Denver Museum of Nature and Science asks you to name its woolly mammoth
As you may have heard, there was a substantial Ice Age find in Snowmass this Fall. On October 14, a bulldozer driver stumbled on the bones of a female mammoth, and the ensuing excavation has yielded prehistoric skeletons preserved in unprecedented quality and amount. There have even been two undiscovered species unearthed. And now, the Denver Museum of Nature and Science is turning to the public to name the mammoth that started it all.
An ancient bison tusk discovered at the site.
The naming project is, unfortunately, not a free-for-all. You're given five options to choose from, explained thusly on the museum's web site:
-Jessie is for bulldozer operator Jesse Steele, who uncovered the first bones while working in Ziegler Reservoir on October 14.
-Ella is for the three-year-old daughter of construction superintendant, Kent Olson, who took the bones home to try to identify them and realized they'd discovered something big.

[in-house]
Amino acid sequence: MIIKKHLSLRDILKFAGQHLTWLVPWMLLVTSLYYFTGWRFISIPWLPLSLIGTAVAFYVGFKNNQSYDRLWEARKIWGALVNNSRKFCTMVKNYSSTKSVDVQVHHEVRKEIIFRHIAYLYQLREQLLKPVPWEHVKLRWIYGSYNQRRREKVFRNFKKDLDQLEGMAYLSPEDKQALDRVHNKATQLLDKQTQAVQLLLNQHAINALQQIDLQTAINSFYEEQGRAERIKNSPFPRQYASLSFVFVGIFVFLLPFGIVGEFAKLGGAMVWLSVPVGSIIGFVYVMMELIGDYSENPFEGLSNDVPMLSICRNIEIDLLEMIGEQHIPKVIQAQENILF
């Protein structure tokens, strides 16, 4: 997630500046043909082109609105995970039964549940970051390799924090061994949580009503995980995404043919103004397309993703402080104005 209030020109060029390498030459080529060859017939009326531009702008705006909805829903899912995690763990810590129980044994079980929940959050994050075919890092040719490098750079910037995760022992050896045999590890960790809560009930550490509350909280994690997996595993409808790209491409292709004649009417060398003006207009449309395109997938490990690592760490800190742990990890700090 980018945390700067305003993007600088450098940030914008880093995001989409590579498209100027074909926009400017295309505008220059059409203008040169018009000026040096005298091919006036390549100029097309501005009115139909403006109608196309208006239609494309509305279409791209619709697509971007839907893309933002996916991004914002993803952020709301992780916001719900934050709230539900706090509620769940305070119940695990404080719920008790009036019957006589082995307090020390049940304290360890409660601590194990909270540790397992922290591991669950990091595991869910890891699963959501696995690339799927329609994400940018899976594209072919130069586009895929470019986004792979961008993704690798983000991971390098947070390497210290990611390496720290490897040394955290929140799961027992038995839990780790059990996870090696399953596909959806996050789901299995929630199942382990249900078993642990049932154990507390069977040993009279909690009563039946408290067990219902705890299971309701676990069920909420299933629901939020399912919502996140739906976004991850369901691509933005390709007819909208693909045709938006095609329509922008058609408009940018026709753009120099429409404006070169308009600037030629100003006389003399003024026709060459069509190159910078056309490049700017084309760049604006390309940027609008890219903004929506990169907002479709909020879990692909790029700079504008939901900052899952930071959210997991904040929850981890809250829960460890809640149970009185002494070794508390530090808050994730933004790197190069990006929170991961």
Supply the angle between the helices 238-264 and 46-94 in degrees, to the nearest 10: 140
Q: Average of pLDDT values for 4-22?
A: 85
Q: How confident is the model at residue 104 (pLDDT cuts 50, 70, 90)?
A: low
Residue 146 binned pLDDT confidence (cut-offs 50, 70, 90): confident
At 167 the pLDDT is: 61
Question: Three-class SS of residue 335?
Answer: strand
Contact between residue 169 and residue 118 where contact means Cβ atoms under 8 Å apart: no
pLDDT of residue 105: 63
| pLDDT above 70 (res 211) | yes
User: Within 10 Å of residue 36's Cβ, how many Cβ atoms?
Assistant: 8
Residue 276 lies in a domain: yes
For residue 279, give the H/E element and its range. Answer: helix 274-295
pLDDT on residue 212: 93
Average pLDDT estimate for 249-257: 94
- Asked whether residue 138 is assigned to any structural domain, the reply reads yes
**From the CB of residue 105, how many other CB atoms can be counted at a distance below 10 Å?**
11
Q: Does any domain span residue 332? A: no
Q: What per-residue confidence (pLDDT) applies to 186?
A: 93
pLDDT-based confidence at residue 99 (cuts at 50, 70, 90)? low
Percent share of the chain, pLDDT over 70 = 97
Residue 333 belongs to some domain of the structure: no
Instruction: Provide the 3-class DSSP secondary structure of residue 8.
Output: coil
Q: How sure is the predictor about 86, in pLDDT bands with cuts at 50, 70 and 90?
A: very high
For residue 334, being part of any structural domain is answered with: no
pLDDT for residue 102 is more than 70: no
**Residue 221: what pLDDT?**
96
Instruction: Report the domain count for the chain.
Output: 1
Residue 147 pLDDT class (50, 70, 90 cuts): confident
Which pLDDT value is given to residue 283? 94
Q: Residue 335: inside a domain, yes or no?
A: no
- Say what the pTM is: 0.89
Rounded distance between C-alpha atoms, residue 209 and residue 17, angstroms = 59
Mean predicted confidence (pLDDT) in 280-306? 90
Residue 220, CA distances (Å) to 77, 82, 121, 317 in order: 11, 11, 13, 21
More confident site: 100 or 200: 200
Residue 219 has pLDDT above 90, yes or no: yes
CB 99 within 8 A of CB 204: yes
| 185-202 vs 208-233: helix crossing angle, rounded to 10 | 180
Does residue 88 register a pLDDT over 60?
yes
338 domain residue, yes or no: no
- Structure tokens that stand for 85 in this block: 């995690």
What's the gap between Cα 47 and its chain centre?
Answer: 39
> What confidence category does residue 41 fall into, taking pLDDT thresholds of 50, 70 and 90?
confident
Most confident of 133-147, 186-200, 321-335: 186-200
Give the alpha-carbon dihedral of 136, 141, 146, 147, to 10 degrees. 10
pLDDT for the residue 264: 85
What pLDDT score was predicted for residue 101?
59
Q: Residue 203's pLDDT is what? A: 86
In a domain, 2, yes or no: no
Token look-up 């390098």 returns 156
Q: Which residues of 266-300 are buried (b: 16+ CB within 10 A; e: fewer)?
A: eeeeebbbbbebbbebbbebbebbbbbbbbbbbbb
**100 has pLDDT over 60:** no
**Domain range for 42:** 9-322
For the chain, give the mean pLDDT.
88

-Ziggy is for the Ziegler family, who owned the land where the reservoir was built and the Ice Age site was discovered.
-Samammoth is for Museum educator Samantha Sands, who presented mammoth programs to 8,500 schoolchildren in five days in the Roaring Fork Valley.
-Snowy is for Snowmass Village, home of the Ice Age site.
We're partial to Samammoth, but that's because we're immature and that one's the funniest. All the options are worthy namesakes. You can vote here for the foreseeable future.
But because the official ballot is so limited, we wanted to offer you, our readers, the chance to share your creative ancient mammal naming skillz with the world. If you had a hand in the discovery of a once-fuzzy fossil, what would you submit as a name in your honor? Would you go the pun route like Samantha or the daughter route like Kent?
Personally, we'd take a different route. If this were the Westword mammoth, we think we'd go with either "Tipsy" or "Print Journalism". Let us know what you'd do in the comments.